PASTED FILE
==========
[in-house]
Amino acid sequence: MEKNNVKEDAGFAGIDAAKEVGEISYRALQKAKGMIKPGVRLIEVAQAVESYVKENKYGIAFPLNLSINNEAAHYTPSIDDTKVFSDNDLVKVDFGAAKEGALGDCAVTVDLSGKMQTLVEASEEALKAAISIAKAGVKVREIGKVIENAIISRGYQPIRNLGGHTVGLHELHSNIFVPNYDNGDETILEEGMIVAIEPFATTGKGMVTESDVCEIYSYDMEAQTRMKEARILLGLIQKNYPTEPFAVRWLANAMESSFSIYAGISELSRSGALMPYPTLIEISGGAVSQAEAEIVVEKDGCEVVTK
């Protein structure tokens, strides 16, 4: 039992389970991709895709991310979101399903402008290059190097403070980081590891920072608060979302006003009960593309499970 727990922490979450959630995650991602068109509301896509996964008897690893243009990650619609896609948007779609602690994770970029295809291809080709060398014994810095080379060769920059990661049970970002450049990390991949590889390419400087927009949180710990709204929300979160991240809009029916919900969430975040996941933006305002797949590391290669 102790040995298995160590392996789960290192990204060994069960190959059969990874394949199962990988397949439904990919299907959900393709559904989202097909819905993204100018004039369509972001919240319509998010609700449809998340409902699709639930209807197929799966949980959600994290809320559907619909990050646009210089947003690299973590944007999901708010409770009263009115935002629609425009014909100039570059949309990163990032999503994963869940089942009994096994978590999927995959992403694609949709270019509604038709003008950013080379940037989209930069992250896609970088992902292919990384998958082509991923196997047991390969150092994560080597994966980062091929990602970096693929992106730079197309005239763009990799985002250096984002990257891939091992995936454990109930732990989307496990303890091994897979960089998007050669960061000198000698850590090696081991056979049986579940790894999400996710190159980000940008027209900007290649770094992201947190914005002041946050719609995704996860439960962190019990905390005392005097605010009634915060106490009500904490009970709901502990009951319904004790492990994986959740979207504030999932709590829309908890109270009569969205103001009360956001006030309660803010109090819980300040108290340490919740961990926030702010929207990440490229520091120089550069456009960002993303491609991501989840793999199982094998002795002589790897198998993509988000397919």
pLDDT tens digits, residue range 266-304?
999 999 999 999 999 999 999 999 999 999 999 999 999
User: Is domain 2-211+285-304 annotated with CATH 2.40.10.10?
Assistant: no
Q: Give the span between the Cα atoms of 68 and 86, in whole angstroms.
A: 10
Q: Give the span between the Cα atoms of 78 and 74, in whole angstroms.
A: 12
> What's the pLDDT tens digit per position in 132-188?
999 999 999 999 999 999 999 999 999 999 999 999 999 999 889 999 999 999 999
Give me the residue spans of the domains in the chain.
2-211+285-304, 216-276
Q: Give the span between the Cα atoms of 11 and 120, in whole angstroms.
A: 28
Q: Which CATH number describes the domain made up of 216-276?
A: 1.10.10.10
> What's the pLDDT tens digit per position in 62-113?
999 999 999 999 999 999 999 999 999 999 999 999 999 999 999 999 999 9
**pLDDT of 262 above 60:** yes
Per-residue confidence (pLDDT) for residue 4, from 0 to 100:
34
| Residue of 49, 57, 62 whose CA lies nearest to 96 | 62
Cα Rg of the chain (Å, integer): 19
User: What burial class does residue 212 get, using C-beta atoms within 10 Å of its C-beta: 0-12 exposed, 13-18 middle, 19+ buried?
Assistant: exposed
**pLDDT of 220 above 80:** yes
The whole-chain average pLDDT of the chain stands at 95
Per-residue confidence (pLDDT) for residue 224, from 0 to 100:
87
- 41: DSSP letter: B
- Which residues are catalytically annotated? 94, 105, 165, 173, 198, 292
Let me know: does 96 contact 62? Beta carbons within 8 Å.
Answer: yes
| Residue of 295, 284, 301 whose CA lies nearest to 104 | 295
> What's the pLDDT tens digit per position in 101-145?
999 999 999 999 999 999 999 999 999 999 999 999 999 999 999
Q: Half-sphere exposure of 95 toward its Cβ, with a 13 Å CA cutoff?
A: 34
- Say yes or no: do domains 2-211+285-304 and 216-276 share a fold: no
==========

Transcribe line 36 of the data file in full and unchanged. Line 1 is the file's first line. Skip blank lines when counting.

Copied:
Answer: yes